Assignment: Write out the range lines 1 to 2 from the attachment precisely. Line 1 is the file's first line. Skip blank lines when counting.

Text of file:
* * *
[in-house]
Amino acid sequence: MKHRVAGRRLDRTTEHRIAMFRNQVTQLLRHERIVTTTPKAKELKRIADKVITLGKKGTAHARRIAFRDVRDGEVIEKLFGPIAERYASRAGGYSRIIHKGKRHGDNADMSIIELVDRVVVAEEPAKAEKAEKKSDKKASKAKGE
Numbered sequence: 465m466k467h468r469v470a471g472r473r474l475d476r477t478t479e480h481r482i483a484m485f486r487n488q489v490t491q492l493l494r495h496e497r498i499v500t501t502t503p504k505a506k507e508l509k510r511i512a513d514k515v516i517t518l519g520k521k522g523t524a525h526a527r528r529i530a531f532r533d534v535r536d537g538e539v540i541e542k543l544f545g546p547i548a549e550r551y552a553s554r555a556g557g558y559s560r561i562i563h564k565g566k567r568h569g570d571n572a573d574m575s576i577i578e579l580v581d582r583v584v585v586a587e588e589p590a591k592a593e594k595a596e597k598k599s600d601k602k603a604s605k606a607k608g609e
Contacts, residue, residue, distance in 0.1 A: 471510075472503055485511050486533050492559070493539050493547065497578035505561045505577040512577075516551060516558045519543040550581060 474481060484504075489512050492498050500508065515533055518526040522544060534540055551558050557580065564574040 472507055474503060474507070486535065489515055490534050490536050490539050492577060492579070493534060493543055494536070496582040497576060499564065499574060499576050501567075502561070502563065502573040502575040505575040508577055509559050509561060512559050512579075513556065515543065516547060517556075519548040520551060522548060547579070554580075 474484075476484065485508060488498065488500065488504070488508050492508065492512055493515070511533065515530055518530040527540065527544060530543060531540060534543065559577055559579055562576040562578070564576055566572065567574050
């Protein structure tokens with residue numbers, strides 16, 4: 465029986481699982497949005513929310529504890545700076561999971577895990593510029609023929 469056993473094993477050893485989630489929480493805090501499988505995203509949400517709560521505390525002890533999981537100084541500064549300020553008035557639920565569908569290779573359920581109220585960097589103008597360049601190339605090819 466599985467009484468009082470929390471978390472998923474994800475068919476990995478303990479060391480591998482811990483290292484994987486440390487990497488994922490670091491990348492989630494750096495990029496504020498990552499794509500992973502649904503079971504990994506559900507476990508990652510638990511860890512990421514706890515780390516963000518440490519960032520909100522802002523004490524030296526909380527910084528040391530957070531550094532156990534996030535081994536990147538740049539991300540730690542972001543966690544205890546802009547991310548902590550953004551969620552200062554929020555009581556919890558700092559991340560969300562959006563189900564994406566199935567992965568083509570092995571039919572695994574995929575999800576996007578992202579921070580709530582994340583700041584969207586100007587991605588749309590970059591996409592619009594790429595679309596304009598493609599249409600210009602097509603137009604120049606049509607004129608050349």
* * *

[in-house]
Amino acid sequence: MKHRVAGRRLDRTTEHRIAMFRNQVTQLLRHERIVTTTPKAKELKRIADKVITLGKKGTAHARRIAFRDVRDGEVIEKLFGPIAERYASRAGGYSRIIHKGKRHGDNADMSIIELVDRVVVAEEPAKAEKAEKKSDKKASKAKGE